According to the Michigan Department of Health and Human Services, there were almost 55,400 divorces in 2013 in the State of Michigan alone. Another 2.1 million couples divorced in 2013, in states across the country.
For most, this is a new experience, painful and often overwhelming. The process is often made more difficult by the fact that not only are there sensitive issues to deal with, but the laws relating to divorce, differ from state to state. For these and other reasons, it is important that before you begin the process, you contact a divorce attorney in your state and who knows the laws as they relate to you and your case.
So what are the facts? Knowing the facts is important. Here are a few of the key’s that every couple should know before beginning the process:
1. Michigan is a no-fault state. This means that one party may file for divorce without first establishing that the other party has done anything wrong. As long as it can be established that the marriage relationship has had a “breakdown” and cannot be repaired, a judge may choose to grant the divorce.
2. Fault may still matter. This is important, especially with regard to your property and children. While fault does not play a role in whether or not a divorce will be granted, what the judge sees and hears relating to the behavior of each of the parties involved, may help him or her determine who gets what property and even who gets custody of your children.
3. Divorces do not happen overnight. A divorce in Michigan generally takes 60 days. This “cooling off” period between filing and granting the divorce is not generally waived unless there are circumstances relating to the health or well-being of those involved. If there are children involved, this waiting period can be even longer.
4. Alimony is not automatic and not the same for everyone. What determines alimony is decided on a case by case basis. Alimony or spousal support is usually based on property and assets, past relations, length of marriage, circumstances, health and fairness, just to name a few.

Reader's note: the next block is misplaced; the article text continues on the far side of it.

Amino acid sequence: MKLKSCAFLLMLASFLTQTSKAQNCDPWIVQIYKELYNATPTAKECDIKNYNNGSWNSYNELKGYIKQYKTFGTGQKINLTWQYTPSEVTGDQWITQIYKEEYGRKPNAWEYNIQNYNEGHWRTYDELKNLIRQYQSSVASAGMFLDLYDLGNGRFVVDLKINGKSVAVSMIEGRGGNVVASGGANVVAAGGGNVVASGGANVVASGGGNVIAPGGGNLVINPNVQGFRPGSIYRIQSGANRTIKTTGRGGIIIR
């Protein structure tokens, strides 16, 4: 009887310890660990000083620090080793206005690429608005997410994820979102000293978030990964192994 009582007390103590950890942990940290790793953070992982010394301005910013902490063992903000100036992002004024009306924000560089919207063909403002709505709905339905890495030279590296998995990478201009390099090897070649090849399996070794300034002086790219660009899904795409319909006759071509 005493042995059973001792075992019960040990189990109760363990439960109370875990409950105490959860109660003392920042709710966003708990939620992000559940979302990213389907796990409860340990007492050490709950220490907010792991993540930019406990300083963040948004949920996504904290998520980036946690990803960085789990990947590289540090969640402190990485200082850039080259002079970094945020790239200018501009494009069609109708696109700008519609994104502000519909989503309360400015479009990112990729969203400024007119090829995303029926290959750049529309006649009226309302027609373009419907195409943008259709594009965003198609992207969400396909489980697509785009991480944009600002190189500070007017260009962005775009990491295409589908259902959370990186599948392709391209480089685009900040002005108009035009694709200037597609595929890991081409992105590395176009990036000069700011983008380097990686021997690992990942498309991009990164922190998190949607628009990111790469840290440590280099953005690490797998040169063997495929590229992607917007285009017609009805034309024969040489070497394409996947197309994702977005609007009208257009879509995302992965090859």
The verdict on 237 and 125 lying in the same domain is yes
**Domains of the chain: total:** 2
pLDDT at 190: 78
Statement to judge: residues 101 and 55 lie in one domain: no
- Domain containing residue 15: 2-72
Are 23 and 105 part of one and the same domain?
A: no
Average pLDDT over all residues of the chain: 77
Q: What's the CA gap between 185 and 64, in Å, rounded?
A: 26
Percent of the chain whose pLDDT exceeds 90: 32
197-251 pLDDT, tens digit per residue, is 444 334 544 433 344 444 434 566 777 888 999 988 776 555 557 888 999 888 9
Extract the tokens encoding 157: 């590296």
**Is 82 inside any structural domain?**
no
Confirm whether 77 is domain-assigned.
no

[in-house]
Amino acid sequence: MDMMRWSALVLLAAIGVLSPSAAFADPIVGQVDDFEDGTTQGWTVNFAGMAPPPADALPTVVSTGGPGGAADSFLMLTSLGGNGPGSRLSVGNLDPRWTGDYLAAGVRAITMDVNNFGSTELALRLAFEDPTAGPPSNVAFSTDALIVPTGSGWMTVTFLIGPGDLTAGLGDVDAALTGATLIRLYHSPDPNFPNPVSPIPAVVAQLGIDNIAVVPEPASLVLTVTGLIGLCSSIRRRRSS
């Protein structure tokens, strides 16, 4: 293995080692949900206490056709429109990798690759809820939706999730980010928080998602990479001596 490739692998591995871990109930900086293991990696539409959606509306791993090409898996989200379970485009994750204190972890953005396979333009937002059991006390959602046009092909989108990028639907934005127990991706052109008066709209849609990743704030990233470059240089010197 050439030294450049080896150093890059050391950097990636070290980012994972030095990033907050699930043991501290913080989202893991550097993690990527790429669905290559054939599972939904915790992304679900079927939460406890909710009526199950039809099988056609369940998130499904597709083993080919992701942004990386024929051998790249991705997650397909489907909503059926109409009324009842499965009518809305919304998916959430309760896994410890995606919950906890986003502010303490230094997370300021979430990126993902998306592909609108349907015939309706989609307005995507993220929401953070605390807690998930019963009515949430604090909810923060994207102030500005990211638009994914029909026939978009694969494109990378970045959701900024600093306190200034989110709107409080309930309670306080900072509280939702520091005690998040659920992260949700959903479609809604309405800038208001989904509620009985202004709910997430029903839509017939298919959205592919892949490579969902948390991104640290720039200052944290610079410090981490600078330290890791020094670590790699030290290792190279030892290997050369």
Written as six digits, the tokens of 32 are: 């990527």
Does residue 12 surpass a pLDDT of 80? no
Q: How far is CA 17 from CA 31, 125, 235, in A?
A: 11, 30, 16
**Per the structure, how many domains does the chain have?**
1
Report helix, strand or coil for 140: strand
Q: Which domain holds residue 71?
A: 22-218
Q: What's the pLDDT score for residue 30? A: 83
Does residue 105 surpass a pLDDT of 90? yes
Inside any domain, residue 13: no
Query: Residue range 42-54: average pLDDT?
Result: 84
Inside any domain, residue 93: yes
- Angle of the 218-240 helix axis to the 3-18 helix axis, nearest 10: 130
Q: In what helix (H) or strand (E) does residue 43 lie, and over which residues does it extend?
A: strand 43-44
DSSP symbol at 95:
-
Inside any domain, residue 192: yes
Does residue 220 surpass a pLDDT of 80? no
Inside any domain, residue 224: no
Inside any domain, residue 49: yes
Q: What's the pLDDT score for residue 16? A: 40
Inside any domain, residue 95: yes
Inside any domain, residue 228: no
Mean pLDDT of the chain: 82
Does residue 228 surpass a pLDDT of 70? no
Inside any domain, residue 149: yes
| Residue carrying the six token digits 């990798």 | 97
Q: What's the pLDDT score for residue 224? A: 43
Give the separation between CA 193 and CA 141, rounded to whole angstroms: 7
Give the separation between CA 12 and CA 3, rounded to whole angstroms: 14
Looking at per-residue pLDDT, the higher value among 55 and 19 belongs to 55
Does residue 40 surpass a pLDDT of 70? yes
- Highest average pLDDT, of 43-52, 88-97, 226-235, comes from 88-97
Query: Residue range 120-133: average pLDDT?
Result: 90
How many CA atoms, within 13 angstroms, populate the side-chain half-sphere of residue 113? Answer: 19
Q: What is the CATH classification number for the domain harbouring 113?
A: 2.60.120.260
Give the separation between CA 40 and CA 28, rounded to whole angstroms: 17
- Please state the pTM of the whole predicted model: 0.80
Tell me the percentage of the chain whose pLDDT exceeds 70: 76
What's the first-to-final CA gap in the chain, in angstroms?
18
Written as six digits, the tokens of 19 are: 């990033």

5. When it comes to custody of children in Michigan, the court determines what is in the best interest of the child first when agreeing or disagreeing to any custody arrangements. The best interest factors in Michigan include:
• ties with those involved
• capacity to care for the child
• moral fitness
• mental and physical state of parent
• reasonable preference of the child
• any other factors the court deems important
Note: Until the recent Supreme Court ruling making same sex marriage legal throughout the U.S., divorce was not really an option for LGBT couples in Michigan. Now that the gay marriage ban has been struck down in Michigan, any couple can get a divorce.
If you live in Northern Michigan and have questions about filing for divorce, Harris Law can help you. A Northern Michigan attorney well-versed in issues relating to family law, as well as criminal law, estate planning and others, Miranda Bailey-Quick works hard to ensure the best outcome in your case.